Shake It All Up

You put the lime in the coconut and shake it all up!
I wish I was going somewhere warm and sunny and sandy for my winter holidays, but I have practice throughout the break, and my family always stays home for Christmas.  
Sigh.  A girl can dream of coconut lotion slathered on reddening shoulders and a fresh lime squeezed into a Coke served ice cold on the beach, no?
This cake filled my house with the sweet scents of coconut and buttery lard (yes!) as it baked.
Soft, tender, and fluffy, the cake is a perfect foil to tart lime curd sandwiched between each of the layers.  Big, fluffy clouds of meringue frosting top it off perfectly, and sweetened coconut adds toothsome chew.
My candied limes were inedible.  Don’t think I bathed them in sugar syrup for long enough.  Or they were just old and brown…
Pretty enough for pictures, but completely unpalatable.  Ah, well.
I’m off to dream sweet dreams of beaches gone by.
And tanned pool boys.  Yowza.
Lime in the Coconut Cake
for the coconut cake:
45 g cornstarch plus 315 grams all purpose flour (or 360 grams cake flour)
1.5 teaspoons baking powder
1 1/8 teaspoons baking soda
3/4 teaspoon salt
5 ounces lard plus 1 ounce solid coconut oil (or 1.5 sticks of butter)
300 g sugar
big splash vanilla extract, plus coconut extract, if you have it
3 eggs
1 cup coconut milk
1/2 cup buttermilk
Preheat oven to 350 and grease 3 6-inch pans.  Cream lard, oil, salt, and sugar together until fluffy.  Beat in eggs, one at a time, then add in extracts.  Add in milks and mix until combined.  Add in flour, baking soda and powder, and cornstarch, and mix until batter is smooth.  Pour into prepared pans and bake for 25-28 minutes, or until a toothpick comes out with only a few crumbs.  Cool on a wire rack.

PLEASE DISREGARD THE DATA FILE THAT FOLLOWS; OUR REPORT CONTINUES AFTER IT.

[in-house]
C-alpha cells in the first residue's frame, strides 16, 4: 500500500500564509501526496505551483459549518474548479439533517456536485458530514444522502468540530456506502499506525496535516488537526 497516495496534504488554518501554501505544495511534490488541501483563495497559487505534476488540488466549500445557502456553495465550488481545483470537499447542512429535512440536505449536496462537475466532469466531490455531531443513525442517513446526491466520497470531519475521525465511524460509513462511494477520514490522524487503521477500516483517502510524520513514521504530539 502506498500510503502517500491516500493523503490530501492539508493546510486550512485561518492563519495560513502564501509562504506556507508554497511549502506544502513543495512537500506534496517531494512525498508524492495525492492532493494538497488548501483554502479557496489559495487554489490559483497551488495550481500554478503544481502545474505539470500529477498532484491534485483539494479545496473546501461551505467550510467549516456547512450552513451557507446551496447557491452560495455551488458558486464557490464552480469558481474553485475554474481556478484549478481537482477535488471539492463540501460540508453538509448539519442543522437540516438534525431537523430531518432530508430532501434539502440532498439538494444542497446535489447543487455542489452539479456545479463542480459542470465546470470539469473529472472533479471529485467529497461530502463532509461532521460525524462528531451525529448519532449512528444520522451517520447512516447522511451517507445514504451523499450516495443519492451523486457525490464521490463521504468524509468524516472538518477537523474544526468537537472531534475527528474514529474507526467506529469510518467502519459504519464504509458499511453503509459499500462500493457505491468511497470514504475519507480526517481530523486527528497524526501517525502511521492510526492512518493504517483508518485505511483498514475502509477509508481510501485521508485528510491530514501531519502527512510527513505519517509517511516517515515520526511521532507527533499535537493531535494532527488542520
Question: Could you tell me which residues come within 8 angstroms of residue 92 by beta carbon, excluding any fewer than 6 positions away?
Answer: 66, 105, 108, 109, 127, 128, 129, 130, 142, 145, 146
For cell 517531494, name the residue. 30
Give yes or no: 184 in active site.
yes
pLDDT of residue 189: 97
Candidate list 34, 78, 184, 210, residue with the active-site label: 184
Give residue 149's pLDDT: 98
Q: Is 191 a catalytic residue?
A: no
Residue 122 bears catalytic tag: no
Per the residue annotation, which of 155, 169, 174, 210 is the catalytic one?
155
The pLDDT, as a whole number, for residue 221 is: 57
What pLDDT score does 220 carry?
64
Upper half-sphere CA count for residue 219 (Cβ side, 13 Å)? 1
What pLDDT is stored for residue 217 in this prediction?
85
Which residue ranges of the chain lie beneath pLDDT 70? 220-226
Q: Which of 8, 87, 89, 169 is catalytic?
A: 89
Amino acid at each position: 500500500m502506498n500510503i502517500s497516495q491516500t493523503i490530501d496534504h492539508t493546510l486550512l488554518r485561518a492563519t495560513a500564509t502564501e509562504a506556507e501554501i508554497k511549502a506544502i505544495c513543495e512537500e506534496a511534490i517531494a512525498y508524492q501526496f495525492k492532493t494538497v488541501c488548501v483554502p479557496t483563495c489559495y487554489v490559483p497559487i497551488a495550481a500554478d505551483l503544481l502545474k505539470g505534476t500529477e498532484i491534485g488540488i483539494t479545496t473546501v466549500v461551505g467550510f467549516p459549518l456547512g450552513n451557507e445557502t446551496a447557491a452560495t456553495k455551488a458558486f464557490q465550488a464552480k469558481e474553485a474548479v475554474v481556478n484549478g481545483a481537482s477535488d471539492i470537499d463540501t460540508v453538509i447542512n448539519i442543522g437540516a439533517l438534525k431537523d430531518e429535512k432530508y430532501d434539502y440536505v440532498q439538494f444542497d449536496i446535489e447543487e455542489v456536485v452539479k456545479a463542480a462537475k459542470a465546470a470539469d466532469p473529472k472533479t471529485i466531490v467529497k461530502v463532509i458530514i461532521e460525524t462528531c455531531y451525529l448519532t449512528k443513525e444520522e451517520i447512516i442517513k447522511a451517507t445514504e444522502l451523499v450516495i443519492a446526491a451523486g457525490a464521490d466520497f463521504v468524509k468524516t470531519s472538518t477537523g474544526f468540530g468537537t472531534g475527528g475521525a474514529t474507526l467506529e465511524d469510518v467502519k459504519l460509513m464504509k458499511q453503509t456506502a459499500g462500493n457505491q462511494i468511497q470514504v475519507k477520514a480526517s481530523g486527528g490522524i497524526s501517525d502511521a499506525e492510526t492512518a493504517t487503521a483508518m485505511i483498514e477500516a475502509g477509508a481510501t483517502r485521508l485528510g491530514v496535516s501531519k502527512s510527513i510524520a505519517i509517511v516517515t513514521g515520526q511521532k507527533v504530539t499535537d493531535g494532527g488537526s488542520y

for the lime curd:
adapted from Martha Stewart
2 eggs
1/2 cup sugar
zest from one whole lime
juice of 2-3 limes (1/3 cup)
pinch of salt
2 tablespoons cornstarch
4 tablespoons butter
In a saucepan over medium low heat, whisk eggs, sugar, lime juice, and lime zest together, cooking until thickened.  Sift cornstarch over top, then, mixing all the while, cook for at least 1 more minute, until curd is thick and silky.  Remove from heat, and stir in butter.  Can be stored in fridge for up to 2 weeks.
for the Italian meringue:
from Bo Frigberg, via Chasing Delicious
4 egg whites
3 ounces corn syrup
6 ounces sugar
1/4 cup water
pinch salt
tiny splash vanilla
Place egg whites in bowl of stand mixer fitted with whisk attachment.  In a heavy bottomed saucepan, mix the other ingredients except the vanilla.  Heat, covered at first, so the condensation washes the sugar crystals off the sides of the pot, then uncovered so you can take the temperature, until syrup reaches 240 degrees F.  When the syrup has reached 225, start to whip your egg whites.  They should be starting to fluff up when the syrup hits 240, so adjust your timing as needed.  Pour the hot syrup (carefully!) slowly into the bowl while the mixer is running on high.  Aim for the side so that you don’t get splashed with hot syrup.  Add in vanilla.  Continue to whip meringue until stiff, fluffy, and cooled.
to assemble:
Level cakes and stack with about 1/3 cup curd between.  Liberally frost with meringue, then cover with flaked coconut.
If you’d like to try candied limes, use a recipe- I just winged it and it did not work out for me!

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